Here I sit in the early pre-dawn with a cozy fire in the woodstove. But just outside our little mountain getaway cabin yesterday at this time lay a herd of over fifty elk, curled onto the snow with the temperature below zero. How can they do that?
Elk (Cervus elaphus) are the next-to-largest cervid of North America (moose is largest) with males weighing in around 700 pounds and standing five feet at the shoulder. They are herd animals but the composition of the herd changes seasonally. This time of the year, the rut (mating season) is over and cows, bulls and juveniles mix more freely without the contention and noise of two months ago. Larger herds–in this area around 50-200 animals–range over the mountains looking for areas with open sunshine where snow may be thinner, allowing them to find the grasses and low forbs that are their normal, summer forage. As the snow deepens, their diet changes to include more brush and “browse” including a lot of aspen twigs and bark (see previous blog).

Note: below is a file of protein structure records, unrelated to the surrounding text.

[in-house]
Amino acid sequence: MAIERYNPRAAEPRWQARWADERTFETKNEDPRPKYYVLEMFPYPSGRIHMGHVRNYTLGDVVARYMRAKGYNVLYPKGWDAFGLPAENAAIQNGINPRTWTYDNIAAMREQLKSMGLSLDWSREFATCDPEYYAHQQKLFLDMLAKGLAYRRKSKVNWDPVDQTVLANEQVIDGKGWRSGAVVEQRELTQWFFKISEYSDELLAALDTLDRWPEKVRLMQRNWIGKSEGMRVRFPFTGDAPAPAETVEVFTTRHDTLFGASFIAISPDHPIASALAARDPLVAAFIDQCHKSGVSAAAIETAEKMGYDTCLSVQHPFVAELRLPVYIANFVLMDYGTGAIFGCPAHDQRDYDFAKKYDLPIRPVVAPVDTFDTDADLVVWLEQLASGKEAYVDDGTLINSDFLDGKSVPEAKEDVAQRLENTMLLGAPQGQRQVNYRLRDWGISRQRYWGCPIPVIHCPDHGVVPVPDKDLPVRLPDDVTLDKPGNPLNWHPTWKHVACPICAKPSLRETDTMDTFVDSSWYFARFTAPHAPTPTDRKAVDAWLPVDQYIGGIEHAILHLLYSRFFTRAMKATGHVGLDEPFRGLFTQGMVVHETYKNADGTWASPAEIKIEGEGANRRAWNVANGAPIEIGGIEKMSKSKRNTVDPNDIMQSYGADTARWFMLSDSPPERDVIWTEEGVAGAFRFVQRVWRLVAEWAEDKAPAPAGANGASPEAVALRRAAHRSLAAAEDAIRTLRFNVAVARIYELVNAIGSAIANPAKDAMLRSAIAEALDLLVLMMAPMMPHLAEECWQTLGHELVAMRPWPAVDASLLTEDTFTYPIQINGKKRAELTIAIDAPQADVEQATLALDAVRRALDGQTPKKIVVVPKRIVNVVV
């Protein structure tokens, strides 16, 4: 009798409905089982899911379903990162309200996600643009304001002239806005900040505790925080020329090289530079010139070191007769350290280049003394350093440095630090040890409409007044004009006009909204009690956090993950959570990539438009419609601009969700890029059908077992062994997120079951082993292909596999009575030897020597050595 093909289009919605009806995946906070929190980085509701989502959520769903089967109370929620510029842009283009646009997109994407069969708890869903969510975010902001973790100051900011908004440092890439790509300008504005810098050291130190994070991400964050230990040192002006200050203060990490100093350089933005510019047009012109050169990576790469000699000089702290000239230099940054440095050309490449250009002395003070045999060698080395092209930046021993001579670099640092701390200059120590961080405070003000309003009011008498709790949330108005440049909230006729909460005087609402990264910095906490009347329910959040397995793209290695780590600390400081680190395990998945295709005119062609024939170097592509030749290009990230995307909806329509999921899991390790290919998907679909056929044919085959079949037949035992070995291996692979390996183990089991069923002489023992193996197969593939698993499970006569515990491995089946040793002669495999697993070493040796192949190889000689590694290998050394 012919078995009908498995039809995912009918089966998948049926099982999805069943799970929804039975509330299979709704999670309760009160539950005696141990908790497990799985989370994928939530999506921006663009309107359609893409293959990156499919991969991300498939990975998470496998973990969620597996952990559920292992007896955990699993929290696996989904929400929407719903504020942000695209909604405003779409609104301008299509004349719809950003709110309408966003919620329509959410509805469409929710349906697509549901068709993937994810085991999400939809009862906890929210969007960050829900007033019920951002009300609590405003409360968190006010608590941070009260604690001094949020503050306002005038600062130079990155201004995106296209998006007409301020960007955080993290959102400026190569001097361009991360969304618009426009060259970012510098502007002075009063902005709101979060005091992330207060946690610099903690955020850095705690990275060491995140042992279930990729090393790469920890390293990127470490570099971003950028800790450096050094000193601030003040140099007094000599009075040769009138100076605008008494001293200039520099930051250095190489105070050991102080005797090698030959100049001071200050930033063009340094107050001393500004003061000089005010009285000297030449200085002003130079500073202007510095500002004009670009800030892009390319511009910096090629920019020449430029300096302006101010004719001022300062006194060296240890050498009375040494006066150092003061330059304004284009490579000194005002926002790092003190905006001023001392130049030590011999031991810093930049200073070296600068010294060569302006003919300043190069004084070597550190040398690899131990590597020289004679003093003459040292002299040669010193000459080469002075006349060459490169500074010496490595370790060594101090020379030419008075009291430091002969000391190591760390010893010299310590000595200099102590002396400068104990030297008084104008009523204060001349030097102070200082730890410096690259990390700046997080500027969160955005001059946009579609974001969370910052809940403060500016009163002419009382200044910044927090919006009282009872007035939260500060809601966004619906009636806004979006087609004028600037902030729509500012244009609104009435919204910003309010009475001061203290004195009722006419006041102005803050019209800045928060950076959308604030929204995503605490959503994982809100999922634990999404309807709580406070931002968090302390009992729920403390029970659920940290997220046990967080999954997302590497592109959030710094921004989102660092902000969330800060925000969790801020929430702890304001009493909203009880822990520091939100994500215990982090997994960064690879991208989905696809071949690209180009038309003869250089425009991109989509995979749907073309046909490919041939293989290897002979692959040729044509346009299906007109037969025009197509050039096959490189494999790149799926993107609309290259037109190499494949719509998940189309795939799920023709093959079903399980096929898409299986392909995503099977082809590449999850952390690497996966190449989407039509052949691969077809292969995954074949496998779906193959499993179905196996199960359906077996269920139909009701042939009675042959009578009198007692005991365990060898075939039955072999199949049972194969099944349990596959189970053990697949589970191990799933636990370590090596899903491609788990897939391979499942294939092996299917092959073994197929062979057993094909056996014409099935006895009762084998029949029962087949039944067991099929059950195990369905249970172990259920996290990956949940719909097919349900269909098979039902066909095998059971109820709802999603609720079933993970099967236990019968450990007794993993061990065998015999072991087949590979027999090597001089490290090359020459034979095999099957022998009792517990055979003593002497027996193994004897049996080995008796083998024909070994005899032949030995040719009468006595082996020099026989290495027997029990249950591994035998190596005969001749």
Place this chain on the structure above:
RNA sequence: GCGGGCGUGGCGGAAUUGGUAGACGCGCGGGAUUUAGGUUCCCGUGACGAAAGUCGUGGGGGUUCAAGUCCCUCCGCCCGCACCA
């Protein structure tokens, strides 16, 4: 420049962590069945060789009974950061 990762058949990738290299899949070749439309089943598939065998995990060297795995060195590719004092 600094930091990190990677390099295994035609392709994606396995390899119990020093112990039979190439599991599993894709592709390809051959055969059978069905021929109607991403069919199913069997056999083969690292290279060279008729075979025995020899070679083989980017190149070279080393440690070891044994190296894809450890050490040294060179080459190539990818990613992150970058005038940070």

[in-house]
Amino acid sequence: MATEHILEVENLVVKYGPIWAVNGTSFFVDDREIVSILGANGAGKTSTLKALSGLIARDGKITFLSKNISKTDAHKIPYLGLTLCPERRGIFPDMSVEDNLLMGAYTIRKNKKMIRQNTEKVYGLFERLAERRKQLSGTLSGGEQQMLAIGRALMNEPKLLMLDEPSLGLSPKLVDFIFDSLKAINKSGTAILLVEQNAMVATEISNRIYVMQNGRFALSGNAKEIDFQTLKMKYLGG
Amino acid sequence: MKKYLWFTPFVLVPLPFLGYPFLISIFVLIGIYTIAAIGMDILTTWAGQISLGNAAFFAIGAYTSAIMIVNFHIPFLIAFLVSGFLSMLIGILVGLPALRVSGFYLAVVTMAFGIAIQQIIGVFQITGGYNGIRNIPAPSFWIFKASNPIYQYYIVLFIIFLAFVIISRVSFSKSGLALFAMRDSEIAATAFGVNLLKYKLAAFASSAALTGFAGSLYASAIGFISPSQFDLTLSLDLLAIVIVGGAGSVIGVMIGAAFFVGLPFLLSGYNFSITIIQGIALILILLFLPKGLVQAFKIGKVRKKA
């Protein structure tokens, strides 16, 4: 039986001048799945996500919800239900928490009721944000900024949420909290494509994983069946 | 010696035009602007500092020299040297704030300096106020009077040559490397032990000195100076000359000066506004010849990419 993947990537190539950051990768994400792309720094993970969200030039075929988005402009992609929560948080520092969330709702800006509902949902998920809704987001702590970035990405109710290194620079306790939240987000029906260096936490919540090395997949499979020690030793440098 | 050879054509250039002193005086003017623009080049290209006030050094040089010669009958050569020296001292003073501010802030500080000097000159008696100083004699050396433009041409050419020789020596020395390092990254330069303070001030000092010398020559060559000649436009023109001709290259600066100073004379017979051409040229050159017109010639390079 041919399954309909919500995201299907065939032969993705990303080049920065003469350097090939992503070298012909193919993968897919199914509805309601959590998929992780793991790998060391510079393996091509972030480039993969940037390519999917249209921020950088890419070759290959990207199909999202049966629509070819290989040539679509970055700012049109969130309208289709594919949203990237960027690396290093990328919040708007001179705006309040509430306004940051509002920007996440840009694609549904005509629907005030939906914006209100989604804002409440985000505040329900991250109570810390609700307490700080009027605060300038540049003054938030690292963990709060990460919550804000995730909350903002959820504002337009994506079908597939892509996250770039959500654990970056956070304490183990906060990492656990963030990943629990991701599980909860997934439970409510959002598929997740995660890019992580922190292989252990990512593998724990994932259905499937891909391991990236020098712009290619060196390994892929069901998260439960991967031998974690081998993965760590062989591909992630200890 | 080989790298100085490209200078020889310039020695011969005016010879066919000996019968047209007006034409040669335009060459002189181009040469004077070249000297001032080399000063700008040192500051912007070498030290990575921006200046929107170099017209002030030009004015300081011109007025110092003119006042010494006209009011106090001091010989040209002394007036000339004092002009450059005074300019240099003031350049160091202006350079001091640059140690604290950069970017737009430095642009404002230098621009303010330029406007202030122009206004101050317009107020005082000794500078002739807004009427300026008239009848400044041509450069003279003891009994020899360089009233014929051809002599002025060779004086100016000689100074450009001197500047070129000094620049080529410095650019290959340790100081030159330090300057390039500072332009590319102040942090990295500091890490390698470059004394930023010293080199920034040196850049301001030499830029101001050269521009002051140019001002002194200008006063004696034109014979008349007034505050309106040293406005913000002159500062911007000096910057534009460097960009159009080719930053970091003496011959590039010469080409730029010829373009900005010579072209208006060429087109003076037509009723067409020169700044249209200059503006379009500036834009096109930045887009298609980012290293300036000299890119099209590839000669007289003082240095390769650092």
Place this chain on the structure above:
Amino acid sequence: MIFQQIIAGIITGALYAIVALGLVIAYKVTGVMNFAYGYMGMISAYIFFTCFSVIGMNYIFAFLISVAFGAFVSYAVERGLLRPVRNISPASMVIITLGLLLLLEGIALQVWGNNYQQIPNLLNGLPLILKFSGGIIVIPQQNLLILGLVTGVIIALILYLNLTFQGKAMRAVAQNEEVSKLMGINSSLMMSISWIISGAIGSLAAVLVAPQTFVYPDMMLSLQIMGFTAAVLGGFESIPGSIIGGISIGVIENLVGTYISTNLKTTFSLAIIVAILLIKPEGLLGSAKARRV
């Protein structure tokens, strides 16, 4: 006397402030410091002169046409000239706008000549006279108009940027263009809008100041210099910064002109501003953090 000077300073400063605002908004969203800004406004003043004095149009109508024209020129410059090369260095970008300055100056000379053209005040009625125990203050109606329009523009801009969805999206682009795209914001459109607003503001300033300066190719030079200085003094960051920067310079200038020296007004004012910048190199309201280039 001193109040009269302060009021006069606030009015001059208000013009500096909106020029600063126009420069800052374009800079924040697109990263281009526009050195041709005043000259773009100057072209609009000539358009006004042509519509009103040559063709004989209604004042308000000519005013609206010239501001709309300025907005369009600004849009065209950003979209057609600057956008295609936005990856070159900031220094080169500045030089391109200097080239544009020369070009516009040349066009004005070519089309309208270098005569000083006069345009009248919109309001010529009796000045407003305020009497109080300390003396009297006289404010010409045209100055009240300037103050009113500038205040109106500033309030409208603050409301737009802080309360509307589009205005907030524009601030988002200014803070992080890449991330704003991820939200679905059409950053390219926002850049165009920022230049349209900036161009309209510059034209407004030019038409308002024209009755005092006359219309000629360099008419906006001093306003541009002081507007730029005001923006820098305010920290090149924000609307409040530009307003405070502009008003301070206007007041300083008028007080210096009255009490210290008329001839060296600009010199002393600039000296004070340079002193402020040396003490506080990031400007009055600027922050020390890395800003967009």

Elk have long, strong leg bones and most of their mass is carried up out of the snow. So their tracks in 1-2 foot of snow are mostly long, dragging steps which sink deeply, easily visible from long distances on the surrounding slopes of otherwise untracked snow. They have larger hooves and take a considerably longer step than our Mule deer. Like human snowshoers, they will often play follow-the-leader as it’s easier to use a “broken” trail through deep snow. But their trails look like you might expect of browsing shoppers unsure of their ultimate destinations but trending toward certain departments, each diverting this way and that, stopping occasionally to sample something to eat, or going around obstacles before re-joining the group.
Their winter body hair is coarse and stiff, but the individual hairs are pithy or hollow with trapped air. This specialized hair and the undercoat hair (which is finer and much softer), help keep them warm even in below zero weather. During snowstorms, it is not uncommon to see elk with snow on them, unmelting until the storm ends and the sun returns. And their heavy coats allow them to curl up rather dog-like into snowbanks with their feet tucked up underneath themselves making their own personal snow forts. In this position, they can actually stay warmer and snooze with the snow acting as windbreak and insulation.
I love my creature comforts and could not survive without artificially added layers and warmth. But the elk do very well without, thank you!